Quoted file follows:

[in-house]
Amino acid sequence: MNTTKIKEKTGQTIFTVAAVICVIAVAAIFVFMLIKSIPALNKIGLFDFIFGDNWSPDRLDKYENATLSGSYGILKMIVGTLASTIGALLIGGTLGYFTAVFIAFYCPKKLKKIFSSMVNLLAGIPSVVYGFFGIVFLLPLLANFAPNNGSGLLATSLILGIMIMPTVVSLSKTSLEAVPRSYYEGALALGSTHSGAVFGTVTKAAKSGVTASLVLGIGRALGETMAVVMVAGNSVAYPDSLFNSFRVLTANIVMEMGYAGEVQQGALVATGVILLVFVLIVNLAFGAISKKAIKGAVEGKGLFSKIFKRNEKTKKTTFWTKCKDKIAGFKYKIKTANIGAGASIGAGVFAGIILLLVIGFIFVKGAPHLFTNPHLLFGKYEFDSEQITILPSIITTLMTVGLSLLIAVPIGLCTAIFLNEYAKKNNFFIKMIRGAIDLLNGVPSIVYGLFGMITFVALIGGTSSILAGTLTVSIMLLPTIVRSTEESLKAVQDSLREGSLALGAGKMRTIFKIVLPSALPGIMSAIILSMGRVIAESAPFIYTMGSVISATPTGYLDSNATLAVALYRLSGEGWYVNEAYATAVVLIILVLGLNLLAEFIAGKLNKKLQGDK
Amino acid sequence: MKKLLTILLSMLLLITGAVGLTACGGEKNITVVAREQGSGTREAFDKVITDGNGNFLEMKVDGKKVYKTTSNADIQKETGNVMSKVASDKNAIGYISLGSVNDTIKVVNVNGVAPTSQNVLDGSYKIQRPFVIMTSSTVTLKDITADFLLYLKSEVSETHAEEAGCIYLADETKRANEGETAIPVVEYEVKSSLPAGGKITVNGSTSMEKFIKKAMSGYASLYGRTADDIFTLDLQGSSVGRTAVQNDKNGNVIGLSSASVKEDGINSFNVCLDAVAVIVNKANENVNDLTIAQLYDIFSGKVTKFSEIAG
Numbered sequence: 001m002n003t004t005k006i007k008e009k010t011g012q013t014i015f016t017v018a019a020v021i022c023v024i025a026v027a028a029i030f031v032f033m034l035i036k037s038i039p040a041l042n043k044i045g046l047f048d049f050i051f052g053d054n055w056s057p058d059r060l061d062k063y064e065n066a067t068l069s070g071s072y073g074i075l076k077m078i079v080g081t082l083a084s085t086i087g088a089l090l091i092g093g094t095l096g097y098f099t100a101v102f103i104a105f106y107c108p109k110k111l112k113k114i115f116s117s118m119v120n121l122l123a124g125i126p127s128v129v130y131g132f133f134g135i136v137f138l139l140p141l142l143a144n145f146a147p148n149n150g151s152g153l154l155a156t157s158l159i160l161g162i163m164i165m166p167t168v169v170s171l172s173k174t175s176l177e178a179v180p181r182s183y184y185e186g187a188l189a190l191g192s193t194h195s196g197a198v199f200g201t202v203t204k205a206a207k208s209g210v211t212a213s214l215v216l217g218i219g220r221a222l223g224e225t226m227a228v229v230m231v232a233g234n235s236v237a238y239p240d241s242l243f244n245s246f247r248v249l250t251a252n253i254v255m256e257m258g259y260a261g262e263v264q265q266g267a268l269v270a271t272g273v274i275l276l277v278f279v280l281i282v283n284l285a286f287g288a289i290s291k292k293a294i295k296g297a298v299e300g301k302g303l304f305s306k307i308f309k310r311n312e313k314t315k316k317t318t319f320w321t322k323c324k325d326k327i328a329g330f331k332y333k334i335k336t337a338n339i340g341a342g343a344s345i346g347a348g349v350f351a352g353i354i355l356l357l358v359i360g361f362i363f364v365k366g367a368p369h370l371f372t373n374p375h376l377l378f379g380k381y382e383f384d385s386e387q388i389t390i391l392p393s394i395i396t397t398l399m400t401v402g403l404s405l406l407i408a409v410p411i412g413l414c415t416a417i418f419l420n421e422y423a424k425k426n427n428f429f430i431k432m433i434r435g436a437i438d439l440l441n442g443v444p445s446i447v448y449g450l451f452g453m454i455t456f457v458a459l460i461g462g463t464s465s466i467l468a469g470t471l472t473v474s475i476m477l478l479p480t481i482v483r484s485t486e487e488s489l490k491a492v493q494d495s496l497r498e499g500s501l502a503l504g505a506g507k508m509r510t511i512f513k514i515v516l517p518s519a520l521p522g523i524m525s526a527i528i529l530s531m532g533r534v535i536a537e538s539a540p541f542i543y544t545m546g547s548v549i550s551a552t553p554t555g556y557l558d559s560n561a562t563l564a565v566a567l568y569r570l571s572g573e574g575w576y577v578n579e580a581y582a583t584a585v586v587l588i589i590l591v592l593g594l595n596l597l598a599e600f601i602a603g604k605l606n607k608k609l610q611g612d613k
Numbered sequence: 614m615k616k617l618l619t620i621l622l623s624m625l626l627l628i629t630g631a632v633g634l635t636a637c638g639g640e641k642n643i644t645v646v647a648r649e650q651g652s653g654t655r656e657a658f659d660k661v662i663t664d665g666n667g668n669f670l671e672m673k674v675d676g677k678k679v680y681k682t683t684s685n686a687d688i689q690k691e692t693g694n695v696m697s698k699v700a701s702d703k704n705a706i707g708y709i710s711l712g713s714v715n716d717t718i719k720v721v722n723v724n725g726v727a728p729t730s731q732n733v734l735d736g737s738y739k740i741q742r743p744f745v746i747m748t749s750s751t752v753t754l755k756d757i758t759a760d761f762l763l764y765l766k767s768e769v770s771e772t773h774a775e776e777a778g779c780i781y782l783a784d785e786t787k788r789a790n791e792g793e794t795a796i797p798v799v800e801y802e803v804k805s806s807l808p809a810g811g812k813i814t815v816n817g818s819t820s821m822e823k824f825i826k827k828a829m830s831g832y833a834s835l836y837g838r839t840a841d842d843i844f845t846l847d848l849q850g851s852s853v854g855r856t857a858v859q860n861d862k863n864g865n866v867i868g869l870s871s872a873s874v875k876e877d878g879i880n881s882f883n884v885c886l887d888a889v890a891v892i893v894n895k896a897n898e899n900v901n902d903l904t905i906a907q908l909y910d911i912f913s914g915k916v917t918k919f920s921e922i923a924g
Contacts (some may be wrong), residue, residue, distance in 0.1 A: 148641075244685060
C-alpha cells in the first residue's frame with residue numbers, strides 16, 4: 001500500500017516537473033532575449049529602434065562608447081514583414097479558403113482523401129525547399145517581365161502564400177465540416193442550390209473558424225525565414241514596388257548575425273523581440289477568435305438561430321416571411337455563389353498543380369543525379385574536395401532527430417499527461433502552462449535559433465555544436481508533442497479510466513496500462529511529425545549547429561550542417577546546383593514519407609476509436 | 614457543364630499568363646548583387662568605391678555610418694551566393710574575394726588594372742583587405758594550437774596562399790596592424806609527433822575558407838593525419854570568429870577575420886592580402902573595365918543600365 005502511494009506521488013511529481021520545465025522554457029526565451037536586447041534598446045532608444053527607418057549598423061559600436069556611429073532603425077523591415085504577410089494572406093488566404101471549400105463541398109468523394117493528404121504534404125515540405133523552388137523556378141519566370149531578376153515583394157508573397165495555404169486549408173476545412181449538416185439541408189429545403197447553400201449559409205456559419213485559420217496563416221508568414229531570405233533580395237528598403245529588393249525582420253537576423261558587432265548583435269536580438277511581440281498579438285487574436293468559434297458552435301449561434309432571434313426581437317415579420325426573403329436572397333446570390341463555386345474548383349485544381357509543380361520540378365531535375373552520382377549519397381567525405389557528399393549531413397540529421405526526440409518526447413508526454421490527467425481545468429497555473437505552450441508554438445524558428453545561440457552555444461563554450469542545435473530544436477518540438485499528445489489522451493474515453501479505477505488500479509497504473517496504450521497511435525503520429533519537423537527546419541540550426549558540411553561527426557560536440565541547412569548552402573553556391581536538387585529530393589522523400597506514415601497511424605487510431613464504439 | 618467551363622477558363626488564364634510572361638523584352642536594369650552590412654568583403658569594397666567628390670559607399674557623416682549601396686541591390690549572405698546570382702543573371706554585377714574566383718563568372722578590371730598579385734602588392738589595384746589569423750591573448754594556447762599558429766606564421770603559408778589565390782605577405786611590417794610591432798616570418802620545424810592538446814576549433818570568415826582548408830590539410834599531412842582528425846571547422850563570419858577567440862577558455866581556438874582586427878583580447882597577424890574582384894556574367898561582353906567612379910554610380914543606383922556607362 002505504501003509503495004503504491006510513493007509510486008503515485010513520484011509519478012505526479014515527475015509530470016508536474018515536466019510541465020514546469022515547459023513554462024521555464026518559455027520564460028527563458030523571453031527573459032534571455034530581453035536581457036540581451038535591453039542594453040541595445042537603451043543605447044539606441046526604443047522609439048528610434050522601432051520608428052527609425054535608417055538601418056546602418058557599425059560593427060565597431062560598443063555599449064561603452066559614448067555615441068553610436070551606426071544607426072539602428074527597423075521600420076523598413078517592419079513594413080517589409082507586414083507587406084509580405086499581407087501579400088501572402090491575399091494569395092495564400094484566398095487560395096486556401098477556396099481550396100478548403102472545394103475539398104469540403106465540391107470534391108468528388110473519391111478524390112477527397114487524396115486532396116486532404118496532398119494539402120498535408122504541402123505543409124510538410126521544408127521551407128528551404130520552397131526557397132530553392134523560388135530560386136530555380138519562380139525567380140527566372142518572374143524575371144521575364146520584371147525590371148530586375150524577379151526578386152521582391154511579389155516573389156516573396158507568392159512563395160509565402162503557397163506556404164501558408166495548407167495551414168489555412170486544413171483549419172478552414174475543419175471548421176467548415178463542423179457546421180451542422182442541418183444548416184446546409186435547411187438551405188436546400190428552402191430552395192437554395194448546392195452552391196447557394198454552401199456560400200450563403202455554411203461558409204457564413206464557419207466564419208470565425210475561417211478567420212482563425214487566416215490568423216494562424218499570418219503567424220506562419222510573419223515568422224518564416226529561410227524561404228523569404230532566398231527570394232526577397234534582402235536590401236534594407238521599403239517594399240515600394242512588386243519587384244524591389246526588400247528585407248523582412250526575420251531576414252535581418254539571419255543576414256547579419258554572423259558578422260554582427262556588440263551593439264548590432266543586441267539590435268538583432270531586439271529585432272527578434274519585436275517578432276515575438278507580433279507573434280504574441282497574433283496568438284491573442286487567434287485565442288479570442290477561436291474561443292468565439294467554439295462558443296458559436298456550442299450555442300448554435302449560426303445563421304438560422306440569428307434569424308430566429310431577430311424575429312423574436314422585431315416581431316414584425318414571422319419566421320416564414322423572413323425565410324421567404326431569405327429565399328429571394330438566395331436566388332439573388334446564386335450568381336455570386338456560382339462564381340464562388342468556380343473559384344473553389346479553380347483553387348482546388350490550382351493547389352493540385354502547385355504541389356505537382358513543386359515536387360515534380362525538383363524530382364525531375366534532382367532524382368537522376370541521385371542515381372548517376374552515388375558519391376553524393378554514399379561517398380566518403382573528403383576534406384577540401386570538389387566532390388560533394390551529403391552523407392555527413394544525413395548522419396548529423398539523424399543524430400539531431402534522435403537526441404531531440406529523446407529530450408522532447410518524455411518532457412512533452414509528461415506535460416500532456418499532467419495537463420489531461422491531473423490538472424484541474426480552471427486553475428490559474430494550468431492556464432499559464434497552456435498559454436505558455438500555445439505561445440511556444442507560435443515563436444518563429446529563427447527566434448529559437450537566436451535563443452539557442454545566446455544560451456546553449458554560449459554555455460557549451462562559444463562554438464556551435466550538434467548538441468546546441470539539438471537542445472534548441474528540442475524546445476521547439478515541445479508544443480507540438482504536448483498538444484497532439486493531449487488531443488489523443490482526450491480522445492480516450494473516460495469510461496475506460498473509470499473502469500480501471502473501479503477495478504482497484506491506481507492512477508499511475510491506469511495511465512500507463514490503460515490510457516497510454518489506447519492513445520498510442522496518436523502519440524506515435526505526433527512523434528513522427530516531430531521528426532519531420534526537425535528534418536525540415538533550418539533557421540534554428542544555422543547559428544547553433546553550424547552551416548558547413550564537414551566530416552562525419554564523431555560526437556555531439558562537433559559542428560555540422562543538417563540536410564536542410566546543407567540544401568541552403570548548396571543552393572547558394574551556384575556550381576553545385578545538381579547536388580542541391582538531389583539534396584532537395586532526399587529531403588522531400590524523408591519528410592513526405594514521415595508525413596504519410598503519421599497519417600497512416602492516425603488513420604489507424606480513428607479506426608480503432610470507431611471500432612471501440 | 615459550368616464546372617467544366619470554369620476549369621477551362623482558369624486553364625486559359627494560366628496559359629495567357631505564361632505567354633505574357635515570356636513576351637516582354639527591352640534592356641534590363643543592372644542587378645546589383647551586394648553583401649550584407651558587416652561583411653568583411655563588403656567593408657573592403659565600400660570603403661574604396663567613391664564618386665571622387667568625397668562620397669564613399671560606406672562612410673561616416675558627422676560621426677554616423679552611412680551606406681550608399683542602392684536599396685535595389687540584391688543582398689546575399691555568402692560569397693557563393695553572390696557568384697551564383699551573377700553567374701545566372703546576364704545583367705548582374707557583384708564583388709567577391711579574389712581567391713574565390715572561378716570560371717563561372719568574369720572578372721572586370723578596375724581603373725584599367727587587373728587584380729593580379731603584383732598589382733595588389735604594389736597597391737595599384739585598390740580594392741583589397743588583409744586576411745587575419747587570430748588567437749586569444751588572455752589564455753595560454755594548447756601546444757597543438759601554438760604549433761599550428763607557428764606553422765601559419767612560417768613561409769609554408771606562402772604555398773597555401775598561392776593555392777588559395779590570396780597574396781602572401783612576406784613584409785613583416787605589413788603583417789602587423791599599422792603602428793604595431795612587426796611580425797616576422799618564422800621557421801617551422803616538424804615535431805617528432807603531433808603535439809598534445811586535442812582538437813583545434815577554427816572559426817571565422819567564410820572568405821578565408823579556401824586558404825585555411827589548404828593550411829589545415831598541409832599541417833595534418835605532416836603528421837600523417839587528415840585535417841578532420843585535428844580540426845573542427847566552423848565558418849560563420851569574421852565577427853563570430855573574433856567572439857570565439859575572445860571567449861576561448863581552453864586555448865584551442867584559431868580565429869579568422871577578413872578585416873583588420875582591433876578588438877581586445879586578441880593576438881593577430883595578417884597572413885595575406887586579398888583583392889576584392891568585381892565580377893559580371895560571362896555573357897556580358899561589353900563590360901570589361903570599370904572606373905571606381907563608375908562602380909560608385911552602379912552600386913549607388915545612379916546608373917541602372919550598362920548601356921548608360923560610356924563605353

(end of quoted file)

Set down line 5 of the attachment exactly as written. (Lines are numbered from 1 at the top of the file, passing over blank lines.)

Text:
Numbered sequence: 614m615k616k617l618l619t620i621l622l623s624m625l626l627l628i629t630g631a632v633g634l635t636a637c638g639g640e641k642n643i644t645v646v647a648r649e650q651g652s653g654t655r656e657a658f659d660k661v662i663t664d665g666n667g668n669f670l671e672m673k674v675d676g677k678k679v680y681k682t683t684s685n686a687d688i689q690k691e692t693g694n695v696m697s698k699v700a701s702d703k704n705a706i707g708y709i710s711l712g713s714v715n716d717t718i719k720v721v722n723v724n725g726v727a728p729t730s731q732n733v734l735d736g737s738y739k740i741q742r743p744f745v746i747m748t749s750s751t752v753t754l755k756d757i758t759a760d761f762l763l764y765l766k767s768e769v770s771e772t773h774a775e776e777a778g779c780i781y782l783a784d785e786t787k788r789a790n791e792g793e794t795a796i797p798v799v800e801y802e803v804k805s806s807l808p809a810g811g812k813i814t815v816n817g818s819t820s821m822e823k824f825i826k827k828a829m830s831g832y833a834s835l836y837g838r839t840a841d842d843i844f845t846l847d848l849q850g851s852s853v854g855r856t857a858v859q860n861d862k863n864g865n866v867i868g869l870s871s872a873s874v875k876e877d878g879i880n881s882f883n884v885c886l887d888a889v890a891v892i893v894n895k896a897n898e899n900v901n902d903l904t905i906a907q908l909y910d911i912f913s914g915k916v917t918k919f920s921e922i923a924g